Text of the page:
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Charter & District School Alternatives

Hillel Aron | August 9, 2012

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It’s not just about 186 independent charter schools and 763 public schools in LA anymore. Nowadays, there are eight different school models, each with a different level of autonomy.

Last week, we told you about Steve Barr’s interest in starting pilot schools, which are  small schools with under 500 kids that operate within the district but can also obtain waivers from labor agreements– the closest thing to an autonomous charter. And, according to this handy-dandy chart we can tell you that there are 34 of them. Other types of schools include local initiative schools (2), affiliated charters (43), partnership schools (22), network partners (26), and expanded school-based management schools (20).

Read below to see the chart in full size and to get a description of each model showing where each model falls on the spectrum of autonomy from LAUSD and UTLA.  We’ll tell you more about each model in future posts.

Here’s a chart that represents a basic, stripped-down guide to the different public schools within LA Unified:

Sources: Rachel Bonkovsky (executive director of the intensive support and intervention division), LAUSD communications office, LAUSD division

District Schools: Your basic, run of the mill public schools, including magnets, special ed, and few more.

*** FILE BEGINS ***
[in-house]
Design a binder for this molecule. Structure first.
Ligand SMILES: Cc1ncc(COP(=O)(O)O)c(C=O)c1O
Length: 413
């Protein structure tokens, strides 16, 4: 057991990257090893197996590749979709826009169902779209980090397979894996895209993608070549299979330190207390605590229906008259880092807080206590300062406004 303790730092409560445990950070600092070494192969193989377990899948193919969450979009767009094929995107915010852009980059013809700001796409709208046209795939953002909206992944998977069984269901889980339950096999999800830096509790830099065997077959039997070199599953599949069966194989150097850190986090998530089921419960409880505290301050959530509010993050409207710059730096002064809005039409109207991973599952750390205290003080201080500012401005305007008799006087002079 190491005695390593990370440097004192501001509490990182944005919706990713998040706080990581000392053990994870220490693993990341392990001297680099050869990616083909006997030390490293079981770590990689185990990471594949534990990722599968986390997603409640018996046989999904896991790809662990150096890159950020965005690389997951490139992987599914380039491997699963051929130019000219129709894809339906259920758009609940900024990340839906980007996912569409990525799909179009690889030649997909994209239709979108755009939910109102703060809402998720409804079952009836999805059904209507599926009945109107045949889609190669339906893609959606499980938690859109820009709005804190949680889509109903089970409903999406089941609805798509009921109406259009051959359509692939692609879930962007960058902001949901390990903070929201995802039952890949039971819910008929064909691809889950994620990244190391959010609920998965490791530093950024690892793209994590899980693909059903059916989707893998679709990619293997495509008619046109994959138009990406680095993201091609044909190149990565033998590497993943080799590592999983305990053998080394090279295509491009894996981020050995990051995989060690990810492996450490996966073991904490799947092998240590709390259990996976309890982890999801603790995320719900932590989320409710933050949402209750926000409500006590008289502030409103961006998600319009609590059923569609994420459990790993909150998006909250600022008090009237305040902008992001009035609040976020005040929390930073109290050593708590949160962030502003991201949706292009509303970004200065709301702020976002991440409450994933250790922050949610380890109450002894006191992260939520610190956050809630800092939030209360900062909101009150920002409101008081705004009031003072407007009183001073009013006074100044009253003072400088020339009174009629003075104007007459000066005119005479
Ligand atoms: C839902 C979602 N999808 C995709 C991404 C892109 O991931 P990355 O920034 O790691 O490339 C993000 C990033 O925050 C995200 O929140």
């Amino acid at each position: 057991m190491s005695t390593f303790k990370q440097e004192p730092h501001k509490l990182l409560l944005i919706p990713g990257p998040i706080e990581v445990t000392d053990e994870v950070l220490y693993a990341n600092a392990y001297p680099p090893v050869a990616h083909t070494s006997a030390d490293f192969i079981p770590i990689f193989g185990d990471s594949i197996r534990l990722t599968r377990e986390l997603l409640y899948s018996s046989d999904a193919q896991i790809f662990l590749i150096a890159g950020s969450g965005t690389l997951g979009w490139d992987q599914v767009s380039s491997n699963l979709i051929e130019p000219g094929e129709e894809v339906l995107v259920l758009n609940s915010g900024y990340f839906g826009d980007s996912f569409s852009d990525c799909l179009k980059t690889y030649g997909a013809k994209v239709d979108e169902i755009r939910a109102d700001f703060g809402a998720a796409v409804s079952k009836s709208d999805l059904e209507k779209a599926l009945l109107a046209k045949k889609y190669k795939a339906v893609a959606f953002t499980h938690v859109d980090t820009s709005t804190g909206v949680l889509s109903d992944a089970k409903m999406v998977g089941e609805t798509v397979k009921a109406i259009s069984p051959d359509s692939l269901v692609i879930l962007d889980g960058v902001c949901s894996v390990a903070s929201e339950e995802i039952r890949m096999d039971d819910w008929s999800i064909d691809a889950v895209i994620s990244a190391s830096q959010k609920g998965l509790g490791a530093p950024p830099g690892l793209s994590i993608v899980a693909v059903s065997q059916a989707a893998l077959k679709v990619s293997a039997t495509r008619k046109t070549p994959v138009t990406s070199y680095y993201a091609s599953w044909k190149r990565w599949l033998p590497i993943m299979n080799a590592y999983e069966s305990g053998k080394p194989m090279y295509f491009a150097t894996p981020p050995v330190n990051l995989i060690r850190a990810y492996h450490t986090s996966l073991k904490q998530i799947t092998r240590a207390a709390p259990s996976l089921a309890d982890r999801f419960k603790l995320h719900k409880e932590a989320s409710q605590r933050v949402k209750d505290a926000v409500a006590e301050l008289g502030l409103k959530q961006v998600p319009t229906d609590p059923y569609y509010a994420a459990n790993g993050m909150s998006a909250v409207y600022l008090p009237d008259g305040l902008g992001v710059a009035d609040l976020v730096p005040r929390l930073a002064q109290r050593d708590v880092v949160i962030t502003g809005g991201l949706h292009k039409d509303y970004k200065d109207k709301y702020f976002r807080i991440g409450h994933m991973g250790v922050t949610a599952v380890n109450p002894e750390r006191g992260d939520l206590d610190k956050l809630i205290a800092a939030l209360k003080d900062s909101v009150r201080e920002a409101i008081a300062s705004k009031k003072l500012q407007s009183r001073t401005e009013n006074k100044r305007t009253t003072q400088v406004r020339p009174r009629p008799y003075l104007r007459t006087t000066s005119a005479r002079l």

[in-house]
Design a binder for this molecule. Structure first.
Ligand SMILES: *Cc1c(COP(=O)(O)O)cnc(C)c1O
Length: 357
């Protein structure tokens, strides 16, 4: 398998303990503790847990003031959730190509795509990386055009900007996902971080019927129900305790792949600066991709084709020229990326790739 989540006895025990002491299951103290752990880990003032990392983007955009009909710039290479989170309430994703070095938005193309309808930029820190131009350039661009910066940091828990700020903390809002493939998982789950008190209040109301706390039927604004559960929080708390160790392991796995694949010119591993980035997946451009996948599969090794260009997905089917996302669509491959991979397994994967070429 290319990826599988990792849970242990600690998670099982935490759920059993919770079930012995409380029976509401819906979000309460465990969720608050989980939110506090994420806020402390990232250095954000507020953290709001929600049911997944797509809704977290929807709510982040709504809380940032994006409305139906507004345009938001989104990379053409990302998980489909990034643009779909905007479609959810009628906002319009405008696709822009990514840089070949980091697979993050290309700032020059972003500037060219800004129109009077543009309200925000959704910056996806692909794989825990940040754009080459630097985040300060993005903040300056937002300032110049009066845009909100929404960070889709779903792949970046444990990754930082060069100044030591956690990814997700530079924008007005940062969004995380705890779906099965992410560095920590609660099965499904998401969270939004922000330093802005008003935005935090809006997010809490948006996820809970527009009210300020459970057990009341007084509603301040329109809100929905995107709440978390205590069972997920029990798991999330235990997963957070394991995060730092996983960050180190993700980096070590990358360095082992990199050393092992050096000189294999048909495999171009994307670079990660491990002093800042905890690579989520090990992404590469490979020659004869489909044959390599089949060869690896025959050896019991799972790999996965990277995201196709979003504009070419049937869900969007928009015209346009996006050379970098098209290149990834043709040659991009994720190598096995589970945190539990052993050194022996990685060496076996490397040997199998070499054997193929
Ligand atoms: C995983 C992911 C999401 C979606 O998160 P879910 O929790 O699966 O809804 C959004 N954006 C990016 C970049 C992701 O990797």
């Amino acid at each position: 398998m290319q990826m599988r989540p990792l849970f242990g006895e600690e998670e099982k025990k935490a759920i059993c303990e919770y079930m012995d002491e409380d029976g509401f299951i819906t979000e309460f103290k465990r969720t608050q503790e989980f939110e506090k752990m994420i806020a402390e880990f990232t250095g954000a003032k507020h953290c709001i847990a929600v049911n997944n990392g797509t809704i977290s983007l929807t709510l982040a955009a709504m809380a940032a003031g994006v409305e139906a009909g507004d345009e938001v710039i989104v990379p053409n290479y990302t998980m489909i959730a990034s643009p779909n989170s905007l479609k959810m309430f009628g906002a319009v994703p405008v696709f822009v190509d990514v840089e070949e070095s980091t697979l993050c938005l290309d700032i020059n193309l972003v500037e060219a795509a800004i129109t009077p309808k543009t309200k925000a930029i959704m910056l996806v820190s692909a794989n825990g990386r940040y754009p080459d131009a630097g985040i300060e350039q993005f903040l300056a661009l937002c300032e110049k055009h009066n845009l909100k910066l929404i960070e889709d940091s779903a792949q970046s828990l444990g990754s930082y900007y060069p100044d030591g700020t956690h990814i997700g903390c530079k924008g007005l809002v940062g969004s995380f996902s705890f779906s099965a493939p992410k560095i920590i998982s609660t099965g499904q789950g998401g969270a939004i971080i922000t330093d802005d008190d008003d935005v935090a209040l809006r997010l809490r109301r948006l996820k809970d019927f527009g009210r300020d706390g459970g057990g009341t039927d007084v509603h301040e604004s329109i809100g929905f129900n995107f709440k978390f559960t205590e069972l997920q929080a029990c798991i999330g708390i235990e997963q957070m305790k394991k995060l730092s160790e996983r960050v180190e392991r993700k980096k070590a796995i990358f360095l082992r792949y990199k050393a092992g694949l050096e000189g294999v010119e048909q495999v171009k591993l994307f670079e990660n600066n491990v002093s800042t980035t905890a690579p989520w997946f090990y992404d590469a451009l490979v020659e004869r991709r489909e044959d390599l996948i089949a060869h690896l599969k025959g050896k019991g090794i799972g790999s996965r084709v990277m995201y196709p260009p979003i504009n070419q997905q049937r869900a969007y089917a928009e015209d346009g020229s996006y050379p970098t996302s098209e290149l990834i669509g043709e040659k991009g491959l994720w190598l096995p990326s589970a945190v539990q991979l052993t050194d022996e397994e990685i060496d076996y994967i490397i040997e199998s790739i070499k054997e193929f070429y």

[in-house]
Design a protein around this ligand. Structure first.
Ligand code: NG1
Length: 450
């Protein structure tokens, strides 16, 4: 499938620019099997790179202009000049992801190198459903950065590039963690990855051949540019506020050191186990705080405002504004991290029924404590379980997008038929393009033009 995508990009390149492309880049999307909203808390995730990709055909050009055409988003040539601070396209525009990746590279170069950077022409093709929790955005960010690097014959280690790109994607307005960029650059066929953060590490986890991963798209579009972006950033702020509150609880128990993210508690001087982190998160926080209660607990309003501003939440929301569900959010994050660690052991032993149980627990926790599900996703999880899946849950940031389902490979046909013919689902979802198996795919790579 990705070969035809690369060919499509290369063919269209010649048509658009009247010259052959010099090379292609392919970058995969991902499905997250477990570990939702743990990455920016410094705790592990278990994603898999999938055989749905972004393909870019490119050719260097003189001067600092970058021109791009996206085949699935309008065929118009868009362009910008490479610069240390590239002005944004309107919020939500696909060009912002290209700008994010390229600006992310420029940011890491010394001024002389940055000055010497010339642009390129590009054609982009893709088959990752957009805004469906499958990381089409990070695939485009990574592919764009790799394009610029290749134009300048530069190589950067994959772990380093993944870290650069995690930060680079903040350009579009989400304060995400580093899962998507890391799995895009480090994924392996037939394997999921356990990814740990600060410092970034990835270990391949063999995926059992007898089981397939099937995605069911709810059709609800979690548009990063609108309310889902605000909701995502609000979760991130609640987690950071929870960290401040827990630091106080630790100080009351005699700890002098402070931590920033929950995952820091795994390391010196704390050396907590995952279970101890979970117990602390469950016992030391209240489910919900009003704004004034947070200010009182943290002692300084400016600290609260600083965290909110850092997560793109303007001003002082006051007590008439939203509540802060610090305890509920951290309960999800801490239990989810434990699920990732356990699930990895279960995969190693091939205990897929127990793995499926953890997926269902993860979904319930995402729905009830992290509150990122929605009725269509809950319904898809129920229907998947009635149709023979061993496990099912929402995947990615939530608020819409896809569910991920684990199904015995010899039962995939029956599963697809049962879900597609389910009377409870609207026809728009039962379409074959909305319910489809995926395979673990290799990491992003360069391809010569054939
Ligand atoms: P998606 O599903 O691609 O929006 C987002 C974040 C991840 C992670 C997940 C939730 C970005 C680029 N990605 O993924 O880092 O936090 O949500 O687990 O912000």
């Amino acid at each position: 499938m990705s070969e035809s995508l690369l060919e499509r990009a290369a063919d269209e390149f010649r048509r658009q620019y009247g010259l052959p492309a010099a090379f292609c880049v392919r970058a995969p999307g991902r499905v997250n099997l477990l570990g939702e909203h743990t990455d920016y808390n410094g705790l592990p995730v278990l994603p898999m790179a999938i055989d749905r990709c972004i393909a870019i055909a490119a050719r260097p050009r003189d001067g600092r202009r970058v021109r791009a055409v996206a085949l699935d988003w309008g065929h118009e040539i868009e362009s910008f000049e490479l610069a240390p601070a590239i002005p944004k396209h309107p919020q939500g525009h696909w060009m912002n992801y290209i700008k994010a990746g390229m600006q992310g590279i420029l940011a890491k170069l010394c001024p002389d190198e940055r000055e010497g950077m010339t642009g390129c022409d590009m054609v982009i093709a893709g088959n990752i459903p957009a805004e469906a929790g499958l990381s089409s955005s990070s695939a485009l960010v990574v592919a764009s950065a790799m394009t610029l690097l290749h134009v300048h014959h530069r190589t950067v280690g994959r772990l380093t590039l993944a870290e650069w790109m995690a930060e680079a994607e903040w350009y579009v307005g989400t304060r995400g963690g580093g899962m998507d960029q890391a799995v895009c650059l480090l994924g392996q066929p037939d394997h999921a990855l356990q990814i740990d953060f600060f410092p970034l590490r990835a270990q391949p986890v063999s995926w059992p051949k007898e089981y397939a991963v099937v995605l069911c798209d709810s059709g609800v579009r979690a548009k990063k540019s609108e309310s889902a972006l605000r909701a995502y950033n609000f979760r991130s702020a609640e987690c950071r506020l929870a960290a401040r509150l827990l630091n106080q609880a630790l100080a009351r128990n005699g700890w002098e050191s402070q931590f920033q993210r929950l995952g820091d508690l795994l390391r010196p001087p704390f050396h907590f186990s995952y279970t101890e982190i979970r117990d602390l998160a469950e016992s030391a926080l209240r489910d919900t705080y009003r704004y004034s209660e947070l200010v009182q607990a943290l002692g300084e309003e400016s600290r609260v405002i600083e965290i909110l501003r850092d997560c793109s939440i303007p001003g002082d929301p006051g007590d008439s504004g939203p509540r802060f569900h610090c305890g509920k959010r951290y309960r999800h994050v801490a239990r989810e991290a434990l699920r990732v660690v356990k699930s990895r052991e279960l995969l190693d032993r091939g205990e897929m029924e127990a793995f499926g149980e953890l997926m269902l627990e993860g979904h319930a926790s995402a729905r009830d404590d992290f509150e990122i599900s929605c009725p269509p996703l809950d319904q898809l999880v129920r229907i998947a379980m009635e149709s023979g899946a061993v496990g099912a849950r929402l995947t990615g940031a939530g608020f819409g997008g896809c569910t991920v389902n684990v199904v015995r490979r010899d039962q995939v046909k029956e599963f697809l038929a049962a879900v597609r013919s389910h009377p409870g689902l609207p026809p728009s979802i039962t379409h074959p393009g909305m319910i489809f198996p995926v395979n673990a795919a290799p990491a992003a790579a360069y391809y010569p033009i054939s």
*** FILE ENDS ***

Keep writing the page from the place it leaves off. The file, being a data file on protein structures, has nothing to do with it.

Expanded School-Based Management: Also known as ESBMM, these schools are run by a School Leadership Council.

Network Partners: Schools partnered with an external organization– for example, L.A.’s Promise.

Partnership Schools: Started by Mayor Villaraigosa in 2007, Partnership Schools have budgetary and management independence, but use existing attendance boundaries and labor agreements.

Affiliated Charters: Approved by the school board, they utilize LAUSD facilities and adhere to UTLA contracts.

Local Initiative Schools: These schools can obtain waivers from the UTLA contract

Pilot Schools: Small schools with under 500 kids, they can also obtain waivers from labor agreements.

Independent Charters: Fully autonomous (but publicly funded) schools, with an independent board of directors, completely exempt from LAUSD labor agreements. They can admit students from all over the city and raise money to augment their budgets.

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